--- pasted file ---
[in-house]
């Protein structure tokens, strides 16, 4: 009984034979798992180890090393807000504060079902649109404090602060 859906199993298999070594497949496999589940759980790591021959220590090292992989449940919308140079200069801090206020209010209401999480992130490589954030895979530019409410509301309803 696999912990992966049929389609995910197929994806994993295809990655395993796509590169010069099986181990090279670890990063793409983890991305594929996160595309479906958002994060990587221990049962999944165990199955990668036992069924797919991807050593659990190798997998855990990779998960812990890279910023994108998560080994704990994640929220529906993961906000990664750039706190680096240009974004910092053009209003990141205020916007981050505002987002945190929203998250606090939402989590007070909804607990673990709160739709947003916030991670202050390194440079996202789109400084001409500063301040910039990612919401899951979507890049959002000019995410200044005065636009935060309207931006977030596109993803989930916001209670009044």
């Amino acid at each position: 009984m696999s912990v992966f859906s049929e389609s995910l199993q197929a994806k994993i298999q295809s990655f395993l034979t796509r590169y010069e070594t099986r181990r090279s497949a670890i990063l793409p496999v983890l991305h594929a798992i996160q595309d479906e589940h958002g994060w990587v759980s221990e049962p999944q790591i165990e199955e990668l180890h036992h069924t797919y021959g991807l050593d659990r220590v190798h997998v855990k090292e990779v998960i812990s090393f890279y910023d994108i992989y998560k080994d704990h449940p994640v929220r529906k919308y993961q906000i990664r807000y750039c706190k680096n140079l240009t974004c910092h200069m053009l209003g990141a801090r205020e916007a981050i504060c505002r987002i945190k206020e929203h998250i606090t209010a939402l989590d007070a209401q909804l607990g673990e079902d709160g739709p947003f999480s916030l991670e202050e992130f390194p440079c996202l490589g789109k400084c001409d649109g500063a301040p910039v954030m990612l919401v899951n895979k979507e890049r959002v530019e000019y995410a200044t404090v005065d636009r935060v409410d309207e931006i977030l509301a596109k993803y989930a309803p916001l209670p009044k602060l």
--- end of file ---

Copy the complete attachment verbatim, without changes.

[in-house]
């Protein structure tokens, strides 16, 4: 009984034979798992180890090393807000504060079902649109404090602060 859906199993298999070594497949496999589940759980790591021959220590090292992989449940919308140079200069801090206020209010209401999480992130490589954030895979530019409410509301309803 696999912990992966049929389609995910197929994806994993295809990655395993796509590169010069099986181990090279670890990063793409983890991305594929996160595309479906958002994060990587221990049962999944165990199955990668036992069924797919991807050593659990190798997998855990990779998960812990890279910023994108998560080994704990994640929220529906993961906000990664750039706190680096240009974004910092053009209003990141205020916007981050505002987002945190929203998250606090939402989590007070909804607990673990709160739709947003916030991670202050390194440079996202789109400084001409500063301040910039990612919401899951979507890049959002000019995410200044005065636009935060309207931006977030596109993803989930916001209670009044």
């Amino acid at each position: 009984m696999s912990v992966f859906s049929e389609s995910l199993q197929a994806k994993i298999q295809s990655f395993l034979t796509r590169y010069e070594t099986r181990r090279s497949a670890i990063l793409p496999v983890l991305h594929a798992i996160q595309d479906e589940h958002g994060w990587v759980s221990e049962p999944q790591i165990e199955e990668l180890h036992h069924t797919y021959g991807l050593d659990r220590v190798h997998v855990k090292e990779v998960i812990s090393f890279y910023d994108i992989y998560k080994d704990h449940p994640v929220r529906k919308y993961q906000i990664r807000y750039c706190k680096n140079l240009t974004c910092h200069m053009l209003g990141a801090r205020e916007a981050i504060c505002r987002i945190k206020e929203h998250i606090t209010a939402l989590d007070a209401q909804l607990g673990e079902d709160g739709p947003f999480s916030l991670e202050e992130f390194p440079c996202l490589g789109k400084c001409d649109g500063a301040p910039v954030m990612l919401v899951n895979k979507e890049r959002v530019e000019y995410a200044t404090v005065d636009r935060v409410d309207e931006i977030l509301a596109k993803y989930a309803p916001l209670p009044k602060l």